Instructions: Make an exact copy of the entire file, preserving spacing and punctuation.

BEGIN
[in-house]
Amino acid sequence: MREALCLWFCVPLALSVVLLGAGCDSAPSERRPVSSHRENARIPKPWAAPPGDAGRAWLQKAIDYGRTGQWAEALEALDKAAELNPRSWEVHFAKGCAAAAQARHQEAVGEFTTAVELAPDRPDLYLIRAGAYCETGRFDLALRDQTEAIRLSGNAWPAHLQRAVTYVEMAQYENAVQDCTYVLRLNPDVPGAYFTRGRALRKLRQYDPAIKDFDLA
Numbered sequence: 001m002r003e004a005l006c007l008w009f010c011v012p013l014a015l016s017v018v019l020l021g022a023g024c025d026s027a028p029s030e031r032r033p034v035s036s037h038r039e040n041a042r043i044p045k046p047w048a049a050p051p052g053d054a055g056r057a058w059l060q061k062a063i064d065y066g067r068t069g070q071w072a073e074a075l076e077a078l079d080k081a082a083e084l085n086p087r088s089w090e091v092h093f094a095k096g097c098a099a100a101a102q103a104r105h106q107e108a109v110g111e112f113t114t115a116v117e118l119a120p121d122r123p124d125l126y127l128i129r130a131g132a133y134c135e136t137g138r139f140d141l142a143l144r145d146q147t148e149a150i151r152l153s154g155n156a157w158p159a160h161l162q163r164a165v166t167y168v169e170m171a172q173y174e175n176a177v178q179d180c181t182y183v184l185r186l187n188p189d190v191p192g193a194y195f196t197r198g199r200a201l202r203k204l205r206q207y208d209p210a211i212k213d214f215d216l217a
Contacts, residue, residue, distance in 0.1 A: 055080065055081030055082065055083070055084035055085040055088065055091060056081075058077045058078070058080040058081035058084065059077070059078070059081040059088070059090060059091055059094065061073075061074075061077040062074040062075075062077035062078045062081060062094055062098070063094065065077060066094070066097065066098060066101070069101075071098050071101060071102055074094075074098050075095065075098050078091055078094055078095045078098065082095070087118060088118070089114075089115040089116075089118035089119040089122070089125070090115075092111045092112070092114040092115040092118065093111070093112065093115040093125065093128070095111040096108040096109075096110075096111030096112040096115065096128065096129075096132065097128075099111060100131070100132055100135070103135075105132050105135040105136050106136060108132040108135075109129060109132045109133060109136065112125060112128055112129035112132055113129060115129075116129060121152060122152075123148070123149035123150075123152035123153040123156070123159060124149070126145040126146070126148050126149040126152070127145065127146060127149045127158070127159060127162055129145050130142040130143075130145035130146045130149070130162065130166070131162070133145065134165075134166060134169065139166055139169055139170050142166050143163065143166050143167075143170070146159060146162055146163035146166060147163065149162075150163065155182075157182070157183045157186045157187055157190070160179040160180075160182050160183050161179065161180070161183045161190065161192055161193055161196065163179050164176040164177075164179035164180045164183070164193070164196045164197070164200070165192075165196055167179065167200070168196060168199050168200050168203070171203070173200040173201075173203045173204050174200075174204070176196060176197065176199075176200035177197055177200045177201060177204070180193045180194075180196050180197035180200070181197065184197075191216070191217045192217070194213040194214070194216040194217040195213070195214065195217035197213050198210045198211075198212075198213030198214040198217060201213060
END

[in-house]
Amino acid sequence: MREALCLWFCVPLALSVVLLGAGCDSAPSERRPVSSHRENARIPKPWAAPPGDAGRAWLQKAIDYGRTGQWAEALEALDKAAELNPRSWEVHFAKGCAAAAQARHQEAVGEFTTAVELAPDRPDLYLIRAGAYCETGRFDLALRDQTEAIRLSGNAWPAHLQRAVTYVEMAQYENAVQDCTYVLRLNPDVPGAYFTRGRALRKLRQYDPAIKDFDLA
Numbered sequence: 001m002r003e004a005l006c007l008w009f010c011v012p013l014a015l016s017v018v019l020l021g022a023g024c025d026s027a028p029s030e031r032r033p034v035s036s037h038r039e040n041a042r043i044p045k046p047w048a049a050p051p052g053d054a055g056r057a058w059l060q061k062a063i064d065y066g067r068t069g070q071w072a073e074a075l076e077a078l079d080k081a082a083e084l085n086p087r088s089w090e091v092h093f094a095k096g097c098a099a100a101a102q103a104r105h106q107e108a109v110g111e112f113t114t115a116v117e118l119a120p121d122r123p124d125l126y127l128i129r130a131g132a133y134c135e136t137g138r139f140d141l142a143l144r145d146q147t148e149a150i151r152l153s154g155n156a157w158p159a160h161l162q163r164a165v166t167y168v169e170m171a172q173y174e175n176a177v178q179d180c181t182y183v184l185r186l187n188p189d190v191p192g193a194y195f196t197r198g199r200a201l202r203k204l205r206q207y208d209p210a211i212k213d214f215d216l217a
Contacts, residue, residue, distance in 0.1 A: 055080065055081030055082065055083070055084035055085040055088065055091060056081075058077045058078070058080040058081035058084065059077070059078070059081040059088070059090060059091055059094065061073075061074075061077040062074040062075075062077035062078045062081060062094055062098070063094065065077060066094070066097065066098060066101070069101075071098050071101060071102055074094075074098050075095065075098050078091055078094055078095045078098065082095070087118060088118070089114075089115040089116075089118035089119040089122070089125070090115075092111045092112070092114040092115040092118065093111070093112065093115040093125065093128070095111040096108040096109075096110075096111030096112040096115065096128065096129075096132065097128075099111060100131070100132055100135070103135075105132050105135040105136050106136060108132040108135075109129060109132045109133060109136065112125060112128055112129035112132055113129060115129075116129060121152060122152075123148070123149035123150075123152035123153040123156070123159060124149070126145040126146070126148050126149040126152070127145065127146060127149045127158070127159060127162055129145050130142040130143075130145035130146045130149070130162065130166070131162070133145065134165075134166060134169065139166055139169055139170050142166050143163065143166050143167075143170070146159060146162055146163035146166060147163065149162075150163065155182075157182070157183045157186045157187055157190070160179040160180075160182050160183050161179065161180070161183045161190065161192055161193055161196065163179050164176040164177075164179035164180045164183070164193070164196045164197070164200070165192075165196055167179065167200070168196060168199050168200050168203070171203070173200040173201075173203045173204050174200075174204070176196060176197065176199075176200035177197055177200045177201060177204070180193045180194075180196050180197035180200070181197065184197075191216070191217045192217070194213040194214070194216040194217040195213070195214065195217035197213050198210045198211075198212075198213030198214040198217060201213060